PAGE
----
The Impact of Medicaid Expansion on U of U Health Care
As the state of Utah considers whether to expand Medicaid, it is important to understand the impact of expansion on University of Utah Health Care.
Medicaid expansion will reduce uncompensated care. Revenue for care given to newly insured individuals will help offset the drastic cuts to provider reimbursement brought on by sequestration and the ACA, lessening the pressure on commercial insurance payers to cover the reimbursement gap of uninsured Utahns.
Population management will reduce state Medicaid costs and improve health. Most of the expanded Medicaid population will be enrolled in Accountable Care Organizations (ACOs), which incentivize providers to keep costs low by keeping patients healthy. Because ACO costs cannot, by state law, grow faster than state revenues, the ACO model helps ensure the sustainability and affordability of Utah’s Medicaid program. University pilot programs are already showing substantial cost savings while improving the health of patients.
University of Utah Health Care is a willing partner. Hospitals in the state of Utah provide a significant part of the required state match for Medicaid, which reduces the financial burden on the general taxpayers of the state. The University of Utah is open to exploring additional match contributions as a viable funding option for expansion.
It’s a balance.
Like most businesses, we must balance the cost of providing services with the revenue received for those services. With rising costs, and shrinking revenues, the balance is getting harder to maintain.
Expenses for the clinical enterprise are primarily the direct and indirect costs of delivering health care. We also work hard to achieve a small reinvestment margin (5%) that is used exclusively to cover debt payments, replace equipment and infrastructure, and support academic and research programs. Most relevant to the Medicaid expansion discussion, we provide uncompensated care to thousands of uninsured or underinsured Utahns. Last year, we provided $100M in uncompensated care.
Revenues are primarily from government payers and commercial payers, both of whom are looking at ways to decrease payments. We currently collect about 93% of the cost of inpatient services and 85% of the cost of outpatient services to Medicare beneficiaries, and government reimbursement rates are declining. We are also expecting a loss of $8.7M annually as a result of sequestration, cuts to medical education support, and other reductions under the Affordable Care Act.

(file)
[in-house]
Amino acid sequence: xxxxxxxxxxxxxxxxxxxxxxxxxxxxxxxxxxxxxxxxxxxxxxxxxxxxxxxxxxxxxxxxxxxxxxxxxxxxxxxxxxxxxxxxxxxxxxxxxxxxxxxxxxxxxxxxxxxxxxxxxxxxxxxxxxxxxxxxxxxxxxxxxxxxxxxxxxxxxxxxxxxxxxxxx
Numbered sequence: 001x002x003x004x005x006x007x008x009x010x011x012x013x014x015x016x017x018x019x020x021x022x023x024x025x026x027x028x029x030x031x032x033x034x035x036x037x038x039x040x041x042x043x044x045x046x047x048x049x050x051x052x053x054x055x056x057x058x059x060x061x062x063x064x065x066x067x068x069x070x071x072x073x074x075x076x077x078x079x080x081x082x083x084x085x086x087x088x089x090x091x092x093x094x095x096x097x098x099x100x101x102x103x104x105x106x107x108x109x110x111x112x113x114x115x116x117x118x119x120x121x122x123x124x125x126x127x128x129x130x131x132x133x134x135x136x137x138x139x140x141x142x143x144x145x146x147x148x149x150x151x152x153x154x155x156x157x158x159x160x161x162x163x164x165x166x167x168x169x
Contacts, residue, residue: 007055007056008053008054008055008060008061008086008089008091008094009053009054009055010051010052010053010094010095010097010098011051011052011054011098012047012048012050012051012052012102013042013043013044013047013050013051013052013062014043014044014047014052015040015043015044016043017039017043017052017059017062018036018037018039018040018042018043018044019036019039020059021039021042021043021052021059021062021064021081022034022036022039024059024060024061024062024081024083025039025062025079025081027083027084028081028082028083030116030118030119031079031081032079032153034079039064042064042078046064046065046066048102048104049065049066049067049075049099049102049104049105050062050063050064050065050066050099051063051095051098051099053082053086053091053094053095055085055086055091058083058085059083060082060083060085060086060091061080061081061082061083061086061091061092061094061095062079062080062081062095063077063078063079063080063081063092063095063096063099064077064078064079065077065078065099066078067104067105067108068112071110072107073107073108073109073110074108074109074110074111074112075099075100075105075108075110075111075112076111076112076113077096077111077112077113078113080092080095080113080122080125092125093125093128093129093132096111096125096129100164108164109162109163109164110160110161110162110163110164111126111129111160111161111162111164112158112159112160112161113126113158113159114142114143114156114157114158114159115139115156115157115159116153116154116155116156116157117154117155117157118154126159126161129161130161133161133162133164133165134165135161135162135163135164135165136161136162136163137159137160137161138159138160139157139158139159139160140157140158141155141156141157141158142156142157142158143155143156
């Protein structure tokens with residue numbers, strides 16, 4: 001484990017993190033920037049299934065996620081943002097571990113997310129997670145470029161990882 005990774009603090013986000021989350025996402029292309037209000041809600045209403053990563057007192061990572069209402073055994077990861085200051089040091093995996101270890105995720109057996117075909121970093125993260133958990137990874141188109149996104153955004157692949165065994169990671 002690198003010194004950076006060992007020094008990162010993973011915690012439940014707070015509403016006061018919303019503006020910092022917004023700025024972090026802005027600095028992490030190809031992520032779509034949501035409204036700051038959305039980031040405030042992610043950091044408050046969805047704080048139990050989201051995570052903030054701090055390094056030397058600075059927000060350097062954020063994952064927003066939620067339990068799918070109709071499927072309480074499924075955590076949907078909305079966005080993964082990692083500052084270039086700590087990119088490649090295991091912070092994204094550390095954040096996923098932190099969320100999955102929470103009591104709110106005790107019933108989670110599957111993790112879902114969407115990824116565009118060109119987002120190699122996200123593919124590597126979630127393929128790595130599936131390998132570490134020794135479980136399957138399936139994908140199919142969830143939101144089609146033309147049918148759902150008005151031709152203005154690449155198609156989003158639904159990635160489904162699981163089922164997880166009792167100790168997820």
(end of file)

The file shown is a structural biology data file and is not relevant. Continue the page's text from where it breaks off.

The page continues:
As uncompensated costs increase and government payments decrease, we look for new ways to reduce our costs or cut back services, and like other health care entities, we look to our commercial payers to cover the reimbursement gap. The commercial payers respond by passing on the added expense to their customers, including employers and the individuals and families they insure, in the form of higher premiums. As a result, the cost of caring for the uninsured and underinsured is ultimately shared by the entire community.
If Utah fully expands Medicaid, approximately 123,000 more Utahns will have access to health insurance, significantly reducing the number of uninsured individuals in the state. For the U, this means we will be able to receive compensation for the clinical care we provide to newly insured individuals, reducing the burden of uncompensated care and its effect on our commercial payers.
In January 2013, Utah began enrolling Medicaid beneficiaries in accountable care organizations (ACOs), including the University’s ACO “Healthy U,” which covers 42,000 lives across the Wasatch Front. Under the ACO model, the U receives a lump sum payment for each of these patients, incentivizing us to control costs, keep our patients healthy, and avoid costly medical interventions like unnecessary emergency room care or hospitalization.
- Emergency Room Diversion. Last year, we identified 185 Medicaid patients who had 10 or more visits to the emergency room, at a total cost of $3.7 million. To prevent future unnecessary visits to the emergency room and to he lp these patients obtain more appropriate care, we proactively assigned these patients to a primary care physician and a care manager. This has saved critical Medicaid dollars and helped ensure that the emergency room is used only for truly emergent care.
- U Baby Program. With Utah’s high birth rate, focusing on prenatal care makes sense. Normal full-term births cost about $4,500, while the average cost of a pre-term birth over the course of a year is $81,000 per baby. By providing interventions for women at risk, the U Baby program has achieved an annual pre-term birth rate of 6.6 percent, which is below the Utah average of 10.9 percent. This saves Medicaid an estimated $2 million per year on costs associated with caring for pre-term babies.
Partners in the solution.
Utah lawmakers are understandably concerned about how to fund the Medicaid expansion going forward. Utah hospitals contribute $70 million annually to fund Medicaid patient care services, thus reducing the burden on Utah taxpayers. The federal match on this contribution is $163 million, yielding total patient care funding of $233 million. University of Utah Health Care is working with Utah legislators to explore financing options to pay for Medicaid expansion that will reduce the requirement for additional state General Funds.
About the author:
David Entwistle is CEO of University of Utah Hospitals and Clinics, Dr. Sean Mulvihill is CEO of the University of Utah Medical Groupcomments powered by Disqus